WASHINGTON — President Biden, who as a candidate vowed to make Saudi Arabia a “pariah” in response to the assassination of a prominent dissident, has decided to travel to Riyadh this month to rebuild relations with the oil-rich kingdom at a time when he is seeking to lower gas prices at home and isolate Russia abroad.
While the logistics and timing were still being worked out, Mr. Biden planned to add the visit to a previously scheduled trip to Europe and Israel, administration officials said, asking for anonymity because the trip had not been formally announced. During his stop in Riyadh, he will meet with Crown Prince Mohammed bin Salman, who was deemed responsible for the assassination, as well as the leaders of other Arab nations, including Egypt, Jordan, Iraq and the United Arab Emirates.
The visit represents the triumph of realpolitik over moral outrage, according to foreign policy experts. In the wake of Russia’s invasion of Ukraine, Mr. Biden finds it necessary to court other energy producers to replace oil from Moscow and stabilize world markets. The group of oil-producing nations called OPEC Plus, led by Saudi Arabia, announced on Thursday that they would increase production modestly in July and August. American officials expect them to do more in the fall, but it may not be enough to bring down prices at the pump before November’s congressional elections.
The Biden administration has already been stepping up cooperation with Saudi Arabia on a variety of issues in recent months, particularly in seeking an end to the eight-year-old Saudi-led war in neighboring Yemen. A two-month-old truce was extended on Thursday, and Mr. Biden praised Saudi leaders for their role. “Saudi Arabia demonstrated courageous leadership by taking initiatives early on to endorse and implement terms of the U.N.-led truce,” he said in a statement.
The diplomacy and the president’s trip represent an effort to repair the rupture in relations stemming from the brutal 2018 killing of Jamal Khashoggi, a well-known critic of the Saudi government and a columnist for The Washington Post. American intelligence concluded that Prince Mohammed, the de facto leader of the kingdom, ordered the hit team that killed and dismembered Mr. Khashoggi at a consulate in Istanbul.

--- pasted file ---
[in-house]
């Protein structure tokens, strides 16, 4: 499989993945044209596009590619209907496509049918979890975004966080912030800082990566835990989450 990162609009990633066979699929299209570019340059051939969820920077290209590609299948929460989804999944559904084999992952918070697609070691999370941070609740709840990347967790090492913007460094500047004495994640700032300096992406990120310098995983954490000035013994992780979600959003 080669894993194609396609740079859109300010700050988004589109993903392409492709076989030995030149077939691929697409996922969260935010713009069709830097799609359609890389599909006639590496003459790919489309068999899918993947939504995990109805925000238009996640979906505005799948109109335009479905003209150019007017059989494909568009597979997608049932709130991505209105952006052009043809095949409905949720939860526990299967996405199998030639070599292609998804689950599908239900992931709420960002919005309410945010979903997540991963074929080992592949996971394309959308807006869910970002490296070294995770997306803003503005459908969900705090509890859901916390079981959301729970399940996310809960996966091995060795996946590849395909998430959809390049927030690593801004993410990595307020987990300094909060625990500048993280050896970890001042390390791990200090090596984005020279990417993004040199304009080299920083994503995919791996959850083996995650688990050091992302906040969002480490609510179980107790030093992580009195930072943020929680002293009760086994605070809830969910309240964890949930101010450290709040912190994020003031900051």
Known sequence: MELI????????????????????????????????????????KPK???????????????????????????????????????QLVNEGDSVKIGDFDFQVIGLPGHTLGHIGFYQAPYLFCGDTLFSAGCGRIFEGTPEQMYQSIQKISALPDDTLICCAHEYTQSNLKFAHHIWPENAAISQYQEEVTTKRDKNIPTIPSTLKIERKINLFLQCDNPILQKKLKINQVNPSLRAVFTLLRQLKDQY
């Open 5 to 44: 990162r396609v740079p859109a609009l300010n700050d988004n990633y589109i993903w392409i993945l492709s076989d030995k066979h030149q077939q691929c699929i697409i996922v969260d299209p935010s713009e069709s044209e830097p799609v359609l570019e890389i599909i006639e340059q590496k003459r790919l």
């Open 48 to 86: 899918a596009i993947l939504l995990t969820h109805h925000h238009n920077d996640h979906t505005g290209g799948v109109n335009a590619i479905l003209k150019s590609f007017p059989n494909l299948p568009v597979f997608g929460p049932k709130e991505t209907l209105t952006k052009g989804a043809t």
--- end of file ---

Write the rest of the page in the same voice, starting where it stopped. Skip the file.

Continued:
While President Donald J. Trump retained close relations with the Saudis, Mr. Biden promised to take a different tack if elected to the White House. He said that he would make the Saudis “pay the price, and make them in fact the pariah that they are,” while saying that there was “very little social redeeming value in the present government in Saudi Arabia.”
After taking office, Mr. Biden released the intelligence report on Mr. Khashoggi’s murder as a statement of accountability and imposed sanctions on some of those involved in the killing. But he took no action against Prince Mohammed, drawing a limit to how far he was willing to break with Riyadh even before Russia’s invasion of Ukraine roiled energy markets and increased Saudi Arabia’s importance to Washington.
The administration argues that it ended the Trump team’s policy of blank checks for Riyadh but was not willing to end America’s eight-decade-old friendship with Saudi Arabia, which has been an important ally on a variety of issues.
“Saudi Arabia is a critical partner to us in dealing with extremism in the region, in dealing with the challenges posed by Iran, and also I hope in continuing the process of building relationships between Israel and its neighbors both near and further away through the continuation, the expansion of the Abraham Accords,” Secretary of State Antony J. Blinken said on Wednesday at an event marking the 100th anniversary of Foreign Affairs magazine.
Mr. Biden was already planning to end the isolation of Prince Mohammed as far back as last October when he expected to encounter the Saudi leader at a meeting of the Group of 20 leaders, but the prince did not attend.
Understanding the Khashoggi Murder Case
But the newly planned stop in Riyadh, previously reported by David Ignatius, a columnist for The Post, produced quick criticism from human rights groups, denouncing any diplomatic rehabilitation of Prince Mohammed.
“Right now, Biden is buffeted by intersecting crises, and certain human rights priorities are suffering as a result,” said Suzanne Nossel, the chief executive of PEN America, a group that advocates for writers around the world. “The harder it gets to put human rights above politics, the more consequential it is for the world to witness a leader willing to do so.”